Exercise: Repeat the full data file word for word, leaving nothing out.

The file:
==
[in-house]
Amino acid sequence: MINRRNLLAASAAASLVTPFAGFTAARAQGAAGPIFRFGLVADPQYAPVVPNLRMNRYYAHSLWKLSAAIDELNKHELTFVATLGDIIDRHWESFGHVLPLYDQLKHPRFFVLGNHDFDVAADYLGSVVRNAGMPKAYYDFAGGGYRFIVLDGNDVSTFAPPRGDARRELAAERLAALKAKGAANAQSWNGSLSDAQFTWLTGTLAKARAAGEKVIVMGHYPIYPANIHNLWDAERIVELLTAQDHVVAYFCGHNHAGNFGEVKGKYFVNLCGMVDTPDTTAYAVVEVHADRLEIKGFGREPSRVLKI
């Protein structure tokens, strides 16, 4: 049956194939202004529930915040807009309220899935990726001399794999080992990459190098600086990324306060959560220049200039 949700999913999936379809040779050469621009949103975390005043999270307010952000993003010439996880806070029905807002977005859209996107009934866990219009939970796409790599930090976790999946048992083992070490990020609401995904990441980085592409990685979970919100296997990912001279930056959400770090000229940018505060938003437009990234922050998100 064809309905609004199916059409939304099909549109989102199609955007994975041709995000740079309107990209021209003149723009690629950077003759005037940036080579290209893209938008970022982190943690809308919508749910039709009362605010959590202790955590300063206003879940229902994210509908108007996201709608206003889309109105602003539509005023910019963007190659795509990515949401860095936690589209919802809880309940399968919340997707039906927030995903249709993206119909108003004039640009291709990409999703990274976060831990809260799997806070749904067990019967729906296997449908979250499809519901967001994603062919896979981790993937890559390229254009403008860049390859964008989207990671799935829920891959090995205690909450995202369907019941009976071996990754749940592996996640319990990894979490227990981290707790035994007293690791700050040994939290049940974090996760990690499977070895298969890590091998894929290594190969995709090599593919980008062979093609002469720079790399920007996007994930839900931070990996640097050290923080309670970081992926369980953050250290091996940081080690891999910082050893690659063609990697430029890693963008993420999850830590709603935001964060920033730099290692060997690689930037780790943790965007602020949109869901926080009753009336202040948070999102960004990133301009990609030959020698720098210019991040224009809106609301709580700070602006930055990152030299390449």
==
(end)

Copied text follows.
[in-house]
Amino acid sequence: MINRRNLLAASAAASLVTPFAGFTAARAQGAAGPIFRFGLVADPQYAPVVPNLRMNRYYAHSLWKLSAAIDELNKHELTFVATLGDIIDRHWESFGHVLPLYDQLKHPRFFVLGNHDFDVAADYLGSVVRNAGMPKAYYDFAGGGYRFIVLDGNDVSTFAPPRGDARRELAAERLAALKAKGAANAQSWNGSLSDAQFTWLTGTLAKARAAGEKVIVMGHYPIYPANIHNLWDAERIVELLTAQDHVVAYFCGHNHAGNFGEVKGKYFVNLCGMVDTPDTTAYAVVEVHADRLEIKGFGREPSRVLKI
């Protein structure tokens, strides 16, 4: 049956194939202004529930915040807009309220899935990726001399794999080992990459190098600086990324306060959560220049200039 949700999913999936379809040779050469621009949103975390005043999270307010952000993003010439996880806070029905807002977005859209996107009934866990219009939970796409790599930090976790999946048992083992070490990020609401995904990441980085592409990685979970919100296997990912001279930056959400770090000229940018505060938003437009990234922050998100 064809309905609004199916059409939304099909549109989102199609955007994975041709995000740079309107990209021209003149723009690629950077003759005037940036080579290209893209938008970022982190943690809308919508749910039709009362605010959590202790955590300063206003879940229902994210509908108007996201709608206003889309109105602003539509005023910019963007190659795509990515949401860095936690589209919802809880309940399968919340997707039906927030995903249709993206119909108003004039640009291709990409999703990274976060831990809260799997806070749904067990019967729906296997449908979250499809519901967001994603062919896979981790993937890559390229254009403008860049390859964008989207990671799935829920891959090995205690909450995202369907019941009976071996990754749940592996996640319990990894979490227990981290707790035994007293690791700050040994939290049940974090996760990690499977070895298969890590091998894929290594190969995709090599593919980008062979093609002469720079790399920007996007994930839900931070990996640097050290923080309670970081992926369980953050250290091996940081080690891999910082050893690659063609990697430029890693963008993420999850830590709603935001964060920033730099290692060997690689930037780790943790965007602020949109869901926080009753009336202040948070999102960004990133301009990609030959020698720098210019991040224009809106609301709580700070602006930055990152030299390449």